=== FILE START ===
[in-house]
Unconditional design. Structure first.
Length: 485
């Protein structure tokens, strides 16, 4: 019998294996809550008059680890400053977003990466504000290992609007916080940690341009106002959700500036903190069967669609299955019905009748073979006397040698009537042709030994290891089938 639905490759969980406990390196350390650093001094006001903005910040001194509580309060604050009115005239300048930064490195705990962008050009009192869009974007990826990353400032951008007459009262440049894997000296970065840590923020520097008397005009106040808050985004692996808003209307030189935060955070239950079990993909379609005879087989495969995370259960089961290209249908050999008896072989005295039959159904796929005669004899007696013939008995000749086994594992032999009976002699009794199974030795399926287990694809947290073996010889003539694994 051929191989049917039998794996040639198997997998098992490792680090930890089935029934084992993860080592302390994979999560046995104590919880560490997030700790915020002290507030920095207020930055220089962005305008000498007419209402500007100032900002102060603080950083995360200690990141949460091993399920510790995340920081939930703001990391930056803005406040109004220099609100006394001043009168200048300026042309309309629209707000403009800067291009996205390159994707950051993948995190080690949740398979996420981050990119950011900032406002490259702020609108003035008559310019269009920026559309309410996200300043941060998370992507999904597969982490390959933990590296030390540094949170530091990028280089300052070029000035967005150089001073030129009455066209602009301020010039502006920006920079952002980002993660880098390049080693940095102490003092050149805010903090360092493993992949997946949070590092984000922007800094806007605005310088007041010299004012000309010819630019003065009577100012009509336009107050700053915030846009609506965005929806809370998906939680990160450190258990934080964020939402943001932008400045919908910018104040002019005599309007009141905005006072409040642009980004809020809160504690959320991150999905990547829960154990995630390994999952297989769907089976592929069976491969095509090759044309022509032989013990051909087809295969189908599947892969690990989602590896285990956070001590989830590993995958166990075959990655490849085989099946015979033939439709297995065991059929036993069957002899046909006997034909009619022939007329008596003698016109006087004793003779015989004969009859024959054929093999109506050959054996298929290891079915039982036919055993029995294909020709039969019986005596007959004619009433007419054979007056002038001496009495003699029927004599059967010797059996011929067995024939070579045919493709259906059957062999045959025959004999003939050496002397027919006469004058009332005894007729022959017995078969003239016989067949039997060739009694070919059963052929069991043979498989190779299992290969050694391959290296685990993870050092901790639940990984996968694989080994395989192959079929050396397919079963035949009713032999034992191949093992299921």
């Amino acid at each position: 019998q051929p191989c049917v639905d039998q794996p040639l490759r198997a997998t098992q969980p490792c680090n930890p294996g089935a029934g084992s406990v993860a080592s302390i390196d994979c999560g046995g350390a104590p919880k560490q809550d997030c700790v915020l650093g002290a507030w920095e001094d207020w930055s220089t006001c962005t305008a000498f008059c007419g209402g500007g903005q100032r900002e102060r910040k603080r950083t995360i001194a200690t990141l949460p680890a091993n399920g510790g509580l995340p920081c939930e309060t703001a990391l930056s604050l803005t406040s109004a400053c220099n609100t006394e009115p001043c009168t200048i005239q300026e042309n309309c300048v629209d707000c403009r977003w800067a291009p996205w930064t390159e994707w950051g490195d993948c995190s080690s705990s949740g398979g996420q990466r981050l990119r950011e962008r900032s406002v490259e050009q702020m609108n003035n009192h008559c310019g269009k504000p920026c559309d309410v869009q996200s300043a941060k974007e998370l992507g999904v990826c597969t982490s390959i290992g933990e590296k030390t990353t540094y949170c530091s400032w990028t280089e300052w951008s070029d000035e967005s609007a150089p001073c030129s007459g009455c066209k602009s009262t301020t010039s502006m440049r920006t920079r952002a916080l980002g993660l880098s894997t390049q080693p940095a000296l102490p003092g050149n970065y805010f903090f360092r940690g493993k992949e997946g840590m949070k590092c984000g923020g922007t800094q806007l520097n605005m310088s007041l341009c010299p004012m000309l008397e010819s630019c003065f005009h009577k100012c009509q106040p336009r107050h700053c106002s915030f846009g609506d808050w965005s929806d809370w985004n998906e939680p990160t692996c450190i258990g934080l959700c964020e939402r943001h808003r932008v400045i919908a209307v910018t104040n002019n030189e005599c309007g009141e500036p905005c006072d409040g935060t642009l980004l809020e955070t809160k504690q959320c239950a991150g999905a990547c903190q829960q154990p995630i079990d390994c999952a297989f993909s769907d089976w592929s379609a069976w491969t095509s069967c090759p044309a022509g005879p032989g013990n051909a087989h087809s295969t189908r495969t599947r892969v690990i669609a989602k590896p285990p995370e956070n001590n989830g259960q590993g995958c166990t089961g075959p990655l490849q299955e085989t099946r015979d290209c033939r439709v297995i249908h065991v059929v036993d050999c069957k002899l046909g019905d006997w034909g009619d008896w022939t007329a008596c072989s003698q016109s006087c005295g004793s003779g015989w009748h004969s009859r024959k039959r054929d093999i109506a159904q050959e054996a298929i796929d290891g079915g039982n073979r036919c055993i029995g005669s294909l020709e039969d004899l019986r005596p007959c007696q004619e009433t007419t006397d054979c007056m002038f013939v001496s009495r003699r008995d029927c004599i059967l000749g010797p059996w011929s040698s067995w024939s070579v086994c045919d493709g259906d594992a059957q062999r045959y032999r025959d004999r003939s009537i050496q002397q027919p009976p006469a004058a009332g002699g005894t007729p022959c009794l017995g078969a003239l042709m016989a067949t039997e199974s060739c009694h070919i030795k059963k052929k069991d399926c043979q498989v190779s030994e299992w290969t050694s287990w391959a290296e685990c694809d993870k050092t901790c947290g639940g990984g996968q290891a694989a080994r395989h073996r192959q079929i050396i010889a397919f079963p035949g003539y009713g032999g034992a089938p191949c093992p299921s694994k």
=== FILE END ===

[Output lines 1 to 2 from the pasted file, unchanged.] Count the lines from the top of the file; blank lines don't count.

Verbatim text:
[in-house]
Unconditional design. Structure first.